1. The development of capitalism came to Africa relatively later than elsewhere in the world. Capitalism developed in the destructive period of imperialist decay, destroying the developing nations and instituting slave capitalist relations which were much worse than in the pre-capitalist period. The massive destruction wrought on the African masses through the slave trade impacted on the development of Africa. Before the slave trade by the colonial powers in Africa, hunger and starvation was virtually unknown except for naturally occurring droughts and famines. Today in the epoch of imperialist decay, in Africa we have the highest advances of technology side by side with structural mass starvation and hunger. Imperialism in Africa today has grown out of slave relations, basing itself on this super-exploitation and is thus incapable of ending the remnants of slavery in Africa and around the world. The world capitalist imperialist system is thus the main factor which maintains slave capitalist (super-exploitative) relations in Africa. Further, imperialism actively perpetuates various forms of pre-capitalist society, such as tribal and ethnic divisions, as supporting mechanisms of domination. Imperialism in Africa, suppresses the development of an indigenous bourgeoisie and middle classes and has need of only a small section to implement its domination of the masses. This local bourgeoisie has no independent existence from imperialism, acts as its administrator of imperialist private property and acts against the masses’ striving for their democratic demands. The task of fighting for the fulfilment of the democratic programme thus cannot be placed in the hands of the local bourgeoisie or even the petti bourgeoisie. Imperialism is incapable of granting or allowing even any independent national capitalist states. The struggle for real national independence in Africa can only take the form of an anti-capitalist and anti-imperialist struggle to end once and for all the world capitalist system; this means that the right of nations to self-determination in Africa, the restoration of the productive forces destroyed by imperialism, the restoration of truly independent nations in Africa, can only be achieved through the leadership of the working class and thus of the working class taking power. This struggle for the working class to take power on national terrain cannot stop at this stage but has to continue, as part of an uninterrupted process, of expanding the revolution beyond national boundaries, beyond Africa, and into the imperialist heartlands.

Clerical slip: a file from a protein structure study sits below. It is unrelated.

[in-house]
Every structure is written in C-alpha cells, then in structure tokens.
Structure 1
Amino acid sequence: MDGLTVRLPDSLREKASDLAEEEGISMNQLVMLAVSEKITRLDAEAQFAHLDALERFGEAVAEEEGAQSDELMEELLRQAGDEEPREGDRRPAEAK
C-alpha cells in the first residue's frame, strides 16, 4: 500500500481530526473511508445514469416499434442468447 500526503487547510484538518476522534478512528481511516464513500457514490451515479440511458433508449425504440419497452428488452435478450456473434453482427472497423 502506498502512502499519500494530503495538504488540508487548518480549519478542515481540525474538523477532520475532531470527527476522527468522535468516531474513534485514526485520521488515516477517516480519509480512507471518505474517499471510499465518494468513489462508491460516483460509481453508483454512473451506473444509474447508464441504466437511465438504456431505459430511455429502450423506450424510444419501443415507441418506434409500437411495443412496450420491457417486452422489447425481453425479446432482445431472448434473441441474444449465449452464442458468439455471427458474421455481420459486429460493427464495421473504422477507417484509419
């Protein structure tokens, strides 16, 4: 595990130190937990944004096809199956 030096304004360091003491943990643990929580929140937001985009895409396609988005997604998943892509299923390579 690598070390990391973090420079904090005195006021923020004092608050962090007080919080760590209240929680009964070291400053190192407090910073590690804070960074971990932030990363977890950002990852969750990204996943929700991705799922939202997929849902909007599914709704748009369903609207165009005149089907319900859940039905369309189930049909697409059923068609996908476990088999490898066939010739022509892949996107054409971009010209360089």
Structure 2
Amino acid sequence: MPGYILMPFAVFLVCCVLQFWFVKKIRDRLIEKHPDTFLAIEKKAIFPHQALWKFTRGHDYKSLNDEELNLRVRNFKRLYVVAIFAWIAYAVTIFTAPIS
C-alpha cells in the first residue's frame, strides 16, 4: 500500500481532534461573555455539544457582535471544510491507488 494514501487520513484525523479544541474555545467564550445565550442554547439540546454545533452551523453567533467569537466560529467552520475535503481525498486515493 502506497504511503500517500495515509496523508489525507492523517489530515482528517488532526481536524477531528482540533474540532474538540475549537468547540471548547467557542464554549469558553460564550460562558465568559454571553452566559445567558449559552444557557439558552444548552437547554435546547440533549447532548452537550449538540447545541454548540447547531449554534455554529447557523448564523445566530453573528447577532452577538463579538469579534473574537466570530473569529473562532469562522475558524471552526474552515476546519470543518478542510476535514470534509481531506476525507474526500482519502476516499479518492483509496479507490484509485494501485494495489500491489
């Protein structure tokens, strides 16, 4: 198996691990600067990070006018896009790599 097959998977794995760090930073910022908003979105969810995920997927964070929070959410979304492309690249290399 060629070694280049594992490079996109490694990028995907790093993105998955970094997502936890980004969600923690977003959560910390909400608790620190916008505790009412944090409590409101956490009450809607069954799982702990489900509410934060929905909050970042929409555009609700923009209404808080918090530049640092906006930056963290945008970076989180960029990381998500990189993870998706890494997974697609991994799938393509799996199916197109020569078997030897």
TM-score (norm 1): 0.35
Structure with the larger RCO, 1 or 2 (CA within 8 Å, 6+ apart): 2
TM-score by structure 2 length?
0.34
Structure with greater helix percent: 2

1. The 1885 Berlin conference divided up Africa among the most advanced capitalist powers, using the creation of a white bureaucracy and aristocracy to act as a social force of domination. Artificial ‘nations’ such as ‘zulu’, ‘xhosa’ were created by imperialism as a means to divide the working class, thereby facilitating its domination. We do not recognise any single border in Africa as these have been imposed by imperialism; The 1899-1902 Anglo Boer war was described by Lenin (in his work on imperialism- the final stage of capitalism) as one of the signs that imperialism has divided up the entire world among themselves and that the period of definitive decay, war, revolutions and counter-revolutions had started (capitalism could only expand from then on, by inter-imperialist clashes). Lenin spoke in general of a revolutionary bourgeois democratic dictatorship carried out by an independent class policy of the proletariat. In Lenin’s April thesis in 1917, he clarified that the democratic tasks such as peace and land could only be achieved by the working class taking power. Lenin later clarified further, that whoever placed the tasks of completing the democratic tasks in the hands of the middle class or native bourgeoisie (the so called ‘democratic dictatorship of the proletariat and peasantry’), has gone over to the side of the counter-revolution. The April thesis thus coincided in essence with the view of Trotsky as expressed in his Permanent Revolution, which explained that in this period of imperialist decay, in the colonies, the only way for the democratic tasks to be fulfilled was through the working class taking power. This meant that only the independent organization of the working class could lead the struggle for national independence and agrarian revolution to its conclusion. Trotsky links the struggle to free the colonial slaves with the fight for a Soviet England, that the anti-colonial struggle for a soviet South Africa and that for Soviet England are processes that are dependent on each other, which would open up a period of proletarian mutual co-operation. Generalizing this, the struggle to freedom from colonial and now remnants of slave capitalist relations, is linked to the fight for Soviet USA, Soviet France, Soviet England, Soviet Germany and Soviet Japan. These processes for a Soviet Africa is thus dependent on the struggle for the Soviet federation of the Americas, the European soviet federation, the soviet federation in Australasia.